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Human Services Secretary Touts Importance of Food Assistance Programs

by PA Department of Human Services

Sep 10, 2019
Healthy & Fresh Foods

Bristol, PA Department of Human Services (DHS) Secretary Teresa Miller visited Fresh Connect, a free farmers’ market at Bucks County Community College bringing reliable, fresh food to the nearly 50,000 people experiencing food insecurity during the Wolf Administration’s Hunger Action Month tour to highlight charitable food networks and supports provided in communities across Pennsylvania.

“More than 1.5 million people around Pennsylvania experience food insecurity and may not know where they will get their next meal,” said Secretary Teresa Miller. “For too many people, food insecurity is their daily reality. We must do our part to ensure access to food assistance programs are available for our neighbors, so we can eliminate the growing hunger gaps across Pennsylvania.”

September is National Hunger Action Month. In Pennsylvania, approximately 1.53 million Pennsylvanians experience chronic hunger and food insecurity every day. Food insecurity means not having access to reliable and nutritious meals. Since hunger and health are deeply connected, the effects of inadequate food are profound. Those effects include increased risks for chronic diseases, higher chances of hospitalization, poorer overall health, and increased healthcare costs. Programs like the Supplemental Nutrition Assistance Program (SNAP) and charitable food networks around the commonwealth help working adults, people with disabilities, older adults, and children access food and expand their purchasing power so they do not have to choose between paying for a doctor’s appointment or being able to eat dinner.

Fresh Connect Bucks County is held weekly, providing reliable and needed food to 50,000 Bucks County residents facing hunger, 34 percent of whom are children. Fresh Connect is a collaboration of the Bucks County Opportunity Council, Philabundance, Rolling Harvest Food Rescue, and St. Mary Medical Center, and the United Way of Bucks County. Fresh Connect Bucks County also offers nutritional recipes for the common ingredients provided at the market distribution.  

“We are honored to have Secretary Miller visit our Fresh Connect distribution during Hunger Action Month to highlight local organizations working together to feed their communities,” said Heather Foor, Food Program Manager at Bucks County Opportunity Council. “Today we served nearly 200 households this week by providing families with healthy, nutritious food that is necessary for their health and well-being.”

“Hunger happens in every county, 365 days each year. Programs like Fresh Connect help keep families healthy and fed,” said Kate Scully from Philabundance. Philabundance is Delaware Valley’s largest hunger relief organization. For 35 years, it has focused on providing emergency food to those in need. Philabundance serves more than 90,000 people each week, 30 percent of whom are children, 16 percent of whom are seniors, and other clients include college students, single parents and the working class.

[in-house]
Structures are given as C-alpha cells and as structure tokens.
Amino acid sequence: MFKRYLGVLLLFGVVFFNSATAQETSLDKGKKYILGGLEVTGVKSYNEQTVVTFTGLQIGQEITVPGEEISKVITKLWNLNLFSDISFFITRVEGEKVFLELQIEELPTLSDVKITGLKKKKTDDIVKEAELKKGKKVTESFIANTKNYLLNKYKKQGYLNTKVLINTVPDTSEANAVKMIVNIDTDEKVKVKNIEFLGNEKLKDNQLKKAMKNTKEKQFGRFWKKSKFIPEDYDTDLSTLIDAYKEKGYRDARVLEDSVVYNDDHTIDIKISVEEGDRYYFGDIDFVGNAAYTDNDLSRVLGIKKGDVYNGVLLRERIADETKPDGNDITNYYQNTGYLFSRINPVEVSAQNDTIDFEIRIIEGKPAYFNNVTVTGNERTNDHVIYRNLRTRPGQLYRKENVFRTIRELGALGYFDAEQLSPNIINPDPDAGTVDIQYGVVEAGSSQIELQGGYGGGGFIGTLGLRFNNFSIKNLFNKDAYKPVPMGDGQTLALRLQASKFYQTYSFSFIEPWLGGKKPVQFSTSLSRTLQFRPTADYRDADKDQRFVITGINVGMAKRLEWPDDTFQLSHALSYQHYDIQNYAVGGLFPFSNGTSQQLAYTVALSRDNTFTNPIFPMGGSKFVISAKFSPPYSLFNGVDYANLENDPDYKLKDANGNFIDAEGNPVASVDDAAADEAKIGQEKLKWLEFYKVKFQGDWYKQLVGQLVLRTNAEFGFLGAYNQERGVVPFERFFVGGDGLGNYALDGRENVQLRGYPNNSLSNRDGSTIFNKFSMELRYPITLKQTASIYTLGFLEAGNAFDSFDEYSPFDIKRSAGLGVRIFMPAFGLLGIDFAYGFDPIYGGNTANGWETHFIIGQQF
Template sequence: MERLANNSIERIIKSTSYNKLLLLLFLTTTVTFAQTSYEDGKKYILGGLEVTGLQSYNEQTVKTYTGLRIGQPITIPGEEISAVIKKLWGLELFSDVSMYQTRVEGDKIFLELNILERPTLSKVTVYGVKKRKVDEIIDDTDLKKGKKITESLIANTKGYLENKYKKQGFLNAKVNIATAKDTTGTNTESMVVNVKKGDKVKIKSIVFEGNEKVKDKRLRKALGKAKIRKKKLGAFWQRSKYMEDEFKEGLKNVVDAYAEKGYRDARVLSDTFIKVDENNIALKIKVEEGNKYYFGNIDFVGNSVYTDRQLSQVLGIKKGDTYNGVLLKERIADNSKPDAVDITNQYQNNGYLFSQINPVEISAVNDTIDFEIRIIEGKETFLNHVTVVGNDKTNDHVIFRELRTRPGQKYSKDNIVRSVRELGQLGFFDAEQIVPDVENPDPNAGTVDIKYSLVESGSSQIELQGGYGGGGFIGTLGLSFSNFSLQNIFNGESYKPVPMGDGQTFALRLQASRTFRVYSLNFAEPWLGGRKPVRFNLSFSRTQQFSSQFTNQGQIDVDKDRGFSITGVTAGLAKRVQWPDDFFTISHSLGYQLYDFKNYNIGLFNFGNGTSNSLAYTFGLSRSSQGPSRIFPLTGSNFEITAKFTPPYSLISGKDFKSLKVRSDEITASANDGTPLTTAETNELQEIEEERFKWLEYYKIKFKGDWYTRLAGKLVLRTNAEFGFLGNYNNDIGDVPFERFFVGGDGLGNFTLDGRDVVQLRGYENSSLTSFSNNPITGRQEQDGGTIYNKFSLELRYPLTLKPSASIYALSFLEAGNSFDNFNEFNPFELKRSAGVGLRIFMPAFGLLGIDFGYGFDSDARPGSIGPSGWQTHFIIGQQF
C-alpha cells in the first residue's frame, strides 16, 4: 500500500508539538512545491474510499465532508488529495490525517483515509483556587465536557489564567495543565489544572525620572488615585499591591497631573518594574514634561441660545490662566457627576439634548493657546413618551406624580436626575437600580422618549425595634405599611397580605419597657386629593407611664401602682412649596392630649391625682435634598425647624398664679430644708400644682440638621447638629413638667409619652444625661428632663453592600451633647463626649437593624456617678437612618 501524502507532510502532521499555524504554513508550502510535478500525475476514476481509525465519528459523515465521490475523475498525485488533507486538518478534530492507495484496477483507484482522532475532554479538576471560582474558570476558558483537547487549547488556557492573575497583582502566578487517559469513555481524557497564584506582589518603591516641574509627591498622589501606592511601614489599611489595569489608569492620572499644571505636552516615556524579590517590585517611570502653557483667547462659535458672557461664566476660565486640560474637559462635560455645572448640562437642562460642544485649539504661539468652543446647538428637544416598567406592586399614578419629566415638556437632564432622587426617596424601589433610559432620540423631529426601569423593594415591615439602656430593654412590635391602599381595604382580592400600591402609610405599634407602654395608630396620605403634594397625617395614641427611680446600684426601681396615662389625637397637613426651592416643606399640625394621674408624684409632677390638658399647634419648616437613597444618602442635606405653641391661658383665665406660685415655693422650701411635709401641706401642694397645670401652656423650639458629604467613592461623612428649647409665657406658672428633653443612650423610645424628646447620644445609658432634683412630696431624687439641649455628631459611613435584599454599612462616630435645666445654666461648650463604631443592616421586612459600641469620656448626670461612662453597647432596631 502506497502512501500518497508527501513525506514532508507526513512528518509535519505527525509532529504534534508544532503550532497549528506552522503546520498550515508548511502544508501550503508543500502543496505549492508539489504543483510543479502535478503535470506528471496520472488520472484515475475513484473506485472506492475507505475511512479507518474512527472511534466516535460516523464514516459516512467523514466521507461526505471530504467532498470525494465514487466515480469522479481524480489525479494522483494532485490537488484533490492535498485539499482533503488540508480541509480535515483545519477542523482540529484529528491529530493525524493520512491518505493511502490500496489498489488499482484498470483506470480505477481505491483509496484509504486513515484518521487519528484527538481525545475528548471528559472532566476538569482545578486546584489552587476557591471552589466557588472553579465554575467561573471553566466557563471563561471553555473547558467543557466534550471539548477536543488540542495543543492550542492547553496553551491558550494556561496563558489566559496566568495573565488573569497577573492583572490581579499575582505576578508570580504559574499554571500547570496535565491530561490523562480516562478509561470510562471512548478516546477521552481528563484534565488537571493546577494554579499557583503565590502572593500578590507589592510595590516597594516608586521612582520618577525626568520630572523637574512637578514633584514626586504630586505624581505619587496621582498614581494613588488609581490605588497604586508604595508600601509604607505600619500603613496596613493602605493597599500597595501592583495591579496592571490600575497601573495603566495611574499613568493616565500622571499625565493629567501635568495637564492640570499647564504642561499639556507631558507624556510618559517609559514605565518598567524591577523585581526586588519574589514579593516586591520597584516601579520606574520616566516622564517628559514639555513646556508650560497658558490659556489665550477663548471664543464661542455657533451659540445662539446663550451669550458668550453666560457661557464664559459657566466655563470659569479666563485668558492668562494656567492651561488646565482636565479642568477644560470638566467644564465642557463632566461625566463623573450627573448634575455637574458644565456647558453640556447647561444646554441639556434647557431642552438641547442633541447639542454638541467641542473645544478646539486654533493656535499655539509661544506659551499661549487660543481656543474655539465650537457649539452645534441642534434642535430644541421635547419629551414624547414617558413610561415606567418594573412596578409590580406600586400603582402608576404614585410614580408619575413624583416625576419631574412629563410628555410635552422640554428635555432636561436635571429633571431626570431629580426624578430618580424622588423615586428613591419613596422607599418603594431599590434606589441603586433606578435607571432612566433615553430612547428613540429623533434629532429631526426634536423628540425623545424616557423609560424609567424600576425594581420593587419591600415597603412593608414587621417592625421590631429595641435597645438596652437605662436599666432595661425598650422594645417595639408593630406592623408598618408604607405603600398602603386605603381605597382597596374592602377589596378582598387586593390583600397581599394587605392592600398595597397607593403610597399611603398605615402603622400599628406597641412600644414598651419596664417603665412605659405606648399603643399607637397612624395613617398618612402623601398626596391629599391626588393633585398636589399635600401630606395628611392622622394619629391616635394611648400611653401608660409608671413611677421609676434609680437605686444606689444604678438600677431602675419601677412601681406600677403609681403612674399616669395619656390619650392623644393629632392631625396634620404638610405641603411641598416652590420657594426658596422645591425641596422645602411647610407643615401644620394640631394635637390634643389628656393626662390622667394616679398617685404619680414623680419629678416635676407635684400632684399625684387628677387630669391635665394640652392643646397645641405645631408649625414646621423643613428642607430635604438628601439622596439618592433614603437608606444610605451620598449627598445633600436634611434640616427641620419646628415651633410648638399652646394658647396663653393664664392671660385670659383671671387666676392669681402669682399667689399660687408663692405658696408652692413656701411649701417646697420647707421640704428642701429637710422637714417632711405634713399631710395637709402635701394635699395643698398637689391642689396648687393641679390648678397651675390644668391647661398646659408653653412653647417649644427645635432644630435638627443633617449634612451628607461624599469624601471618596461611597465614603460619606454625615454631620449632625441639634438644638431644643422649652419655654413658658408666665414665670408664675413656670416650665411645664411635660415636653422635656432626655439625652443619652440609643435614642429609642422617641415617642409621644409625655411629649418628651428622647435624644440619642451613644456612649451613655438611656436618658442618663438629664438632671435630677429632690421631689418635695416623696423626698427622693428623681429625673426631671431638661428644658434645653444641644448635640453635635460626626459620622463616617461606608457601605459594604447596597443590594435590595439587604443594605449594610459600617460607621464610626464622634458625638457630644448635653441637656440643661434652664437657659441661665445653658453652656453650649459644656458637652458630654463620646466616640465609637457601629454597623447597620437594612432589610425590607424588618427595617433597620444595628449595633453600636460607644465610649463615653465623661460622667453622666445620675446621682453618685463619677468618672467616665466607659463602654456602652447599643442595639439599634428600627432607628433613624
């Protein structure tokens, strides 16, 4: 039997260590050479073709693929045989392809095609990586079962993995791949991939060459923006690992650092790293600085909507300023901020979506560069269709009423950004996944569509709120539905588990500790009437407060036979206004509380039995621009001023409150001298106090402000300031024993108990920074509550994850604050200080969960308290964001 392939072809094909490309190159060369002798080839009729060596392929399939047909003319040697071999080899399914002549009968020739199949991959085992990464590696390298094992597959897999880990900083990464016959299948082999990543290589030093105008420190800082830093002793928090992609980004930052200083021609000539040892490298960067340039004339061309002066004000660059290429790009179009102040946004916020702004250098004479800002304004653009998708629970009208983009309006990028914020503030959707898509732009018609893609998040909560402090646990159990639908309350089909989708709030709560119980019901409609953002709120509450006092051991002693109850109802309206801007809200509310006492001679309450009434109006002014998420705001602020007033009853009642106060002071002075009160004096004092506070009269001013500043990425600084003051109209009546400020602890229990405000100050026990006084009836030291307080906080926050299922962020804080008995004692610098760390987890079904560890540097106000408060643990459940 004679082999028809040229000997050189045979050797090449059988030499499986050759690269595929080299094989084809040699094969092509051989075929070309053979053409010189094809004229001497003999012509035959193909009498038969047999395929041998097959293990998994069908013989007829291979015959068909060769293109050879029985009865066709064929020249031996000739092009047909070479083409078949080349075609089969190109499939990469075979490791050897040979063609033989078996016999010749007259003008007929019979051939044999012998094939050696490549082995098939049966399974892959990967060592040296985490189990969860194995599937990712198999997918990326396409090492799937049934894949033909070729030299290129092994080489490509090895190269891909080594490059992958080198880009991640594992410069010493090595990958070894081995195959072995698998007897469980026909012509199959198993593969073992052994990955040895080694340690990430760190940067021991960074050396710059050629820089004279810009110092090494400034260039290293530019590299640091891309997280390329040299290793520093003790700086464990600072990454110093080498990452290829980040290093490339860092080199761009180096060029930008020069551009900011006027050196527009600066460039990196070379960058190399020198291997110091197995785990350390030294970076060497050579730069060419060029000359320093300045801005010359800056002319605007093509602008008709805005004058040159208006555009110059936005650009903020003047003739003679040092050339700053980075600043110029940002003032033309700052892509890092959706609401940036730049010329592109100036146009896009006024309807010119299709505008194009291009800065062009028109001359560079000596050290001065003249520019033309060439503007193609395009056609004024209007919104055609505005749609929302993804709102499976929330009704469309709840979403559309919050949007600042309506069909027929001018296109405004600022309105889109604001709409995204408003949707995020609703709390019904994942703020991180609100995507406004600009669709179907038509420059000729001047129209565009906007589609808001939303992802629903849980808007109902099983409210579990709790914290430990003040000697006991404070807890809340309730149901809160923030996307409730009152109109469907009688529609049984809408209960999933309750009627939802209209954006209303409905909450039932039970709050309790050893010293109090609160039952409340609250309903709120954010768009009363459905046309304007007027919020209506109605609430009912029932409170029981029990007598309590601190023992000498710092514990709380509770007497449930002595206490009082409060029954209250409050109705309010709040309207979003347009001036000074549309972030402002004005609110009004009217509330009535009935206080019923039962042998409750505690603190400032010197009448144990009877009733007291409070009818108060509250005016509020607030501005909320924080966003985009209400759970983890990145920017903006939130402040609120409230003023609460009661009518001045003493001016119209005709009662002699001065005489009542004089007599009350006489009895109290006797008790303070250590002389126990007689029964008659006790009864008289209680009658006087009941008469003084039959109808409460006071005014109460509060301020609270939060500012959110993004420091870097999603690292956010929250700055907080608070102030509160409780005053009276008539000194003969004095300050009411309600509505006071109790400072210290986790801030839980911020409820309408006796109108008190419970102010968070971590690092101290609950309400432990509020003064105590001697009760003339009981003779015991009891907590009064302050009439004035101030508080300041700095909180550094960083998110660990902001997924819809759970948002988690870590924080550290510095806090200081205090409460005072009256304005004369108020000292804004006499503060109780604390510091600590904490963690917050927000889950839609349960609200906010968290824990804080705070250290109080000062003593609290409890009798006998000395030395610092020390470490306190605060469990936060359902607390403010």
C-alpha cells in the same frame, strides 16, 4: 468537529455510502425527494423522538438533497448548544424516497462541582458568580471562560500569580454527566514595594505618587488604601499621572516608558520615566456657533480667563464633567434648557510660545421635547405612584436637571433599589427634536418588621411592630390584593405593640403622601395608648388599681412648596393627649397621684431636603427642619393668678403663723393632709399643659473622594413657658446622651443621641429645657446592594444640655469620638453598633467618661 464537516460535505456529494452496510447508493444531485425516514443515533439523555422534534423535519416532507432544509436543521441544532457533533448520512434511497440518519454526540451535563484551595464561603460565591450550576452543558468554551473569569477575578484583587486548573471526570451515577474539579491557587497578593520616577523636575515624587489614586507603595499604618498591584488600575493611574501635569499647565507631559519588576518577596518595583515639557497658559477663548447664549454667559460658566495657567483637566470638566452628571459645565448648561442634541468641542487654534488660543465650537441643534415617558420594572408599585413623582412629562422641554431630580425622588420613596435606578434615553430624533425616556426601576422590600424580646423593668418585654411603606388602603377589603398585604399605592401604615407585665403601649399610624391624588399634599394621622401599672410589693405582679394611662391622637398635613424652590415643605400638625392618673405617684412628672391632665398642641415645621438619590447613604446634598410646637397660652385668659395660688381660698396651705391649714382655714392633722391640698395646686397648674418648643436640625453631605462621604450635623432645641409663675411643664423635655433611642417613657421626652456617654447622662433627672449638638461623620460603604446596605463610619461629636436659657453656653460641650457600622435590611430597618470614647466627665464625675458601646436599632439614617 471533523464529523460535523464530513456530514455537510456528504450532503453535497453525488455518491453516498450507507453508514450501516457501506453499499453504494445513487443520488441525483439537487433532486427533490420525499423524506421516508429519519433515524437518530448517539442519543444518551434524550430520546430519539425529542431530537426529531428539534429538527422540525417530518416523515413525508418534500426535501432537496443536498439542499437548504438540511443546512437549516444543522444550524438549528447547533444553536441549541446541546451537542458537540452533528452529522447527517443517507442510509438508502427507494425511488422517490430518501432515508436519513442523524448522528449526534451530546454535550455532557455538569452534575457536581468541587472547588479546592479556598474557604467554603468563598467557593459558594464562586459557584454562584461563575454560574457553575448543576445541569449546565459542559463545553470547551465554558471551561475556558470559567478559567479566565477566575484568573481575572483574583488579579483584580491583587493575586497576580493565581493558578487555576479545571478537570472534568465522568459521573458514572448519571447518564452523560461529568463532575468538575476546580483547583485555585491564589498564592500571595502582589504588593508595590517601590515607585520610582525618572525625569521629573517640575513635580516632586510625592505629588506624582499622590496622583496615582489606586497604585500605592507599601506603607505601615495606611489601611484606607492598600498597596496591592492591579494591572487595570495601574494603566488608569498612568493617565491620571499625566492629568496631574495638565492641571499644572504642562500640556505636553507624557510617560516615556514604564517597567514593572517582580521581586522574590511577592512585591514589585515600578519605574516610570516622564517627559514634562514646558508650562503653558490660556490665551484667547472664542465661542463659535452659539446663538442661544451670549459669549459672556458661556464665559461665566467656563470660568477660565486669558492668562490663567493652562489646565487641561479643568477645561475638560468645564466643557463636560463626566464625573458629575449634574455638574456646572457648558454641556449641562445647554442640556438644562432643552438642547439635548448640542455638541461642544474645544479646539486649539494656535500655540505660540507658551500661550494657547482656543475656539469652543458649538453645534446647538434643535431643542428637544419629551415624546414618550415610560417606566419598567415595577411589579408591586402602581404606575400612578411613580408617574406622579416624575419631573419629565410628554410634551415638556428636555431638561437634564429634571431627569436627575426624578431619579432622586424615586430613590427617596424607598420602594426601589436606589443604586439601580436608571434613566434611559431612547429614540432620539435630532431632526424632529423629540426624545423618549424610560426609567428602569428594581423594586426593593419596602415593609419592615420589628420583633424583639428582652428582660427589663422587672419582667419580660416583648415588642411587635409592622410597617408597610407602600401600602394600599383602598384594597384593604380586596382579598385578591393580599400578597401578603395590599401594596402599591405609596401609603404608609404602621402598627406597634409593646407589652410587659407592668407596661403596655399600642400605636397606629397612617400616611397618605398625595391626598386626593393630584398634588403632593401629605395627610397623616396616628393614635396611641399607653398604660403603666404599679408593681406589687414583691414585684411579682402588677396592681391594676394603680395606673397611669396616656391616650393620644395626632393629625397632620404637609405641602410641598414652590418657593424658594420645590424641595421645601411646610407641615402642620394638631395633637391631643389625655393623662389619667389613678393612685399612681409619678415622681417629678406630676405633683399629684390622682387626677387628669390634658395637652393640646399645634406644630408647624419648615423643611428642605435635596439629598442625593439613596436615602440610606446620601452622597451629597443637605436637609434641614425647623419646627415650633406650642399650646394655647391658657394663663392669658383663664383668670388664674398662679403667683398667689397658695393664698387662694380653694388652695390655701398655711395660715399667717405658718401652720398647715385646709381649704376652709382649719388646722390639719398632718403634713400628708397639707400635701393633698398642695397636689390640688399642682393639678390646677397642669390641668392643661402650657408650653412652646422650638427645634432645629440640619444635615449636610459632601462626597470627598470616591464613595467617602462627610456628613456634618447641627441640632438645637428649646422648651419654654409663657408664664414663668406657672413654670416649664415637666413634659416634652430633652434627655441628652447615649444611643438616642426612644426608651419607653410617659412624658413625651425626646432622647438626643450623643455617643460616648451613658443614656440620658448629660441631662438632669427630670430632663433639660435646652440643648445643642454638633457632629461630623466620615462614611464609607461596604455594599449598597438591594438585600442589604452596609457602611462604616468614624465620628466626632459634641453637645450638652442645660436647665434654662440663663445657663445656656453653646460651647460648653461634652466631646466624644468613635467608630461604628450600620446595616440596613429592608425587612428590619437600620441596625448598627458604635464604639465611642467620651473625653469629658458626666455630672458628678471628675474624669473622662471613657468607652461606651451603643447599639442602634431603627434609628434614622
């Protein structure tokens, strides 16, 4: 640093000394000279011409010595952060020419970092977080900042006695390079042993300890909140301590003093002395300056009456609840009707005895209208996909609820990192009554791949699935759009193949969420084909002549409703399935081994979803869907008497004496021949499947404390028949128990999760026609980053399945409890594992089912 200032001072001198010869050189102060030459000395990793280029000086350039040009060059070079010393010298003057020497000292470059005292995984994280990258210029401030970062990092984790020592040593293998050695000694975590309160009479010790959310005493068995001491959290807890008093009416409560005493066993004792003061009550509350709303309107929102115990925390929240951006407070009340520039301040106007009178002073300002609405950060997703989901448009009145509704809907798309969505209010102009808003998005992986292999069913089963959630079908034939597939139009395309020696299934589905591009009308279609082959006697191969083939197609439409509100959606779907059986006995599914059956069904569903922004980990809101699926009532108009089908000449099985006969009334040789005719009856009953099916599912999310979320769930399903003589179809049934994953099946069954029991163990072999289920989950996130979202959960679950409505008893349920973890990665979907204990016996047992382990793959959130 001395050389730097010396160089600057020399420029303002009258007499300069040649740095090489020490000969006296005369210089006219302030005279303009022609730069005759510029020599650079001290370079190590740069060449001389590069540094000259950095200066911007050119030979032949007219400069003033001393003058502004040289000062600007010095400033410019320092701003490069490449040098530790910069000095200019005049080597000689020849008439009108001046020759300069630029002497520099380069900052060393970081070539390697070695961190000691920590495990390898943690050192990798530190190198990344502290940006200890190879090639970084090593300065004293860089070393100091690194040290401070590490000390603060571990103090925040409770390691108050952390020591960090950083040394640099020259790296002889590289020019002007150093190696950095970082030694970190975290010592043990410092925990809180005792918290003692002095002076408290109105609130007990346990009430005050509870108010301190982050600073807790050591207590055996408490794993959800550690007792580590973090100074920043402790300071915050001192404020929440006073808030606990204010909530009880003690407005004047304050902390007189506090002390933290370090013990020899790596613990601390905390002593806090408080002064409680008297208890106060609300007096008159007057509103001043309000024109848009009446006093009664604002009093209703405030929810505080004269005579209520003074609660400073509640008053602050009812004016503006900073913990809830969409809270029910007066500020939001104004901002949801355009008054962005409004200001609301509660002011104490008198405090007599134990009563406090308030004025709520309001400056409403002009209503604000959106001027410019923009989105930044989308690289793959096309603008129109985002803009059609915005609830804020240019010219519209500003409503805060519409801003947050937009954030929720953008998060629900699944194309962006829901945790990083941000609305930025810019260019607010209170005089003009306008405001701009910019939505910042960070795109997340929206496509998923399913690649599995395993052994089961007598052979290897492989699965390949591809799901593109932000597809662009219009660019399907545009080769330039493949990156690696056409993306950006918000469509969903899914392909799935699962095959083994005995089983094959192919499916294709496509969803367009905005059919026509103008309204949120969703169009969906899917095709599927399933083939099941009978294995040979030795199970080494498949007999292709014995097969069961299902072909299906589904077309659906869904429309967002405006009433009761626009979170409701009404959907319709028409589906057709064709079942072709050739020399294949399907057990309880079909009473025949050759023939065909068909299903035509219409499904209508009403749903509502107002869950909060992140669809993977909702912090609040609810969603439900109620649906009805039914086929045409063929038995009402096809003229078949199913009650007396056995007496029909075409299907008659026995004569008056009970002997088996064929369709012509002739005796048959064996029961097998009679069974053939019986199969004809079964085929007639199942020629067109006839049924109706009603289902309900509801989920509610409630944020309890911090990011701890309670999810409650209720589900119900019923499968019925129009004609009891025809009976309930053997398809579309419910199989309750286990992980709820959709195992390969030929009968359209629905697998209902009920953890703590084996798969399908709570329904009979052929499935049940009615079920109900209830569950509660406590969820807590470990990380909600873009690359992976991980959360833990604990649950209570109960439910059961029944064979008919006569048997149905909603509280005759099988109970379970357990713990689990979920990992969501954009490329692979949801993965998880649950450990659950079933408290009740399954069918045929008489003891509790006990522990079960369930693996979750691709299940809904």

Charitable food networks around the commonwealth do important work every day to help Pennsylvanians experiencing hunger, but they cannot end food insecurity alone. SNAP, formerly known as food stamps, is the nation’s most important anti-hunger program serving 1.8 million Pennsylvanians. The combination of charity and government assistance programs are necessary to help bridge the meal gap. Without both resources, more people would have to choose between basic needs and keeping food on the table.

In addition to SNAP helping keep food on the table and curve health care costs, SNAP helps local economies. In May 2019, the United States Department of Agriculture (USDA) published a study on the influence of SNAP redemptions on the economy and county-level employment in the time leading up to, during, and after the Great Recession. This study found that SNAP redemptions could have a greater economic stimulus impact than many other forms of government spending per dollar spent, especially during a recession, because they are paid directly to low-income individuals. For instance, the grocery subsidies deliver food directly to tables along with a financial return into rural supermarkets and small businesses in those communities.

There are over 10,000 authorized retailers that participate in SNAP across Pennsylvania. These retailers redeemed about $2.6 billion in SNAP benefits in 2018 according to the United States Department of Agriculture. SNAP also provides support for programs like SNAP 50/50, where non-profit organizations leverage their funding with matched funds from the federal government to provide career-specific skills training for people receiving SNAP benefits.

“SNAP is not just the nation’s most important anti-hunger program – it helps support local farmers and small businesses and grow economies around the country. If proposed federal changes to the SNAP program take effect, the impacts will be felt well beyond just SNAP recipients,” said Secretary Miller. “Food assistance is a simple investment in the public good for all of us. We must lift up the stories of the many Pennsylvanians for whom food assistance programs like SNAP and the help from charitable food organizations is invaluable and protect and preserve these life-saving resources.”

For more information on Fresh Connect Market, visit

For more information on Hunger Action Month related events, contact the DHS Press Office.

For more information on food assistance programs, visit  

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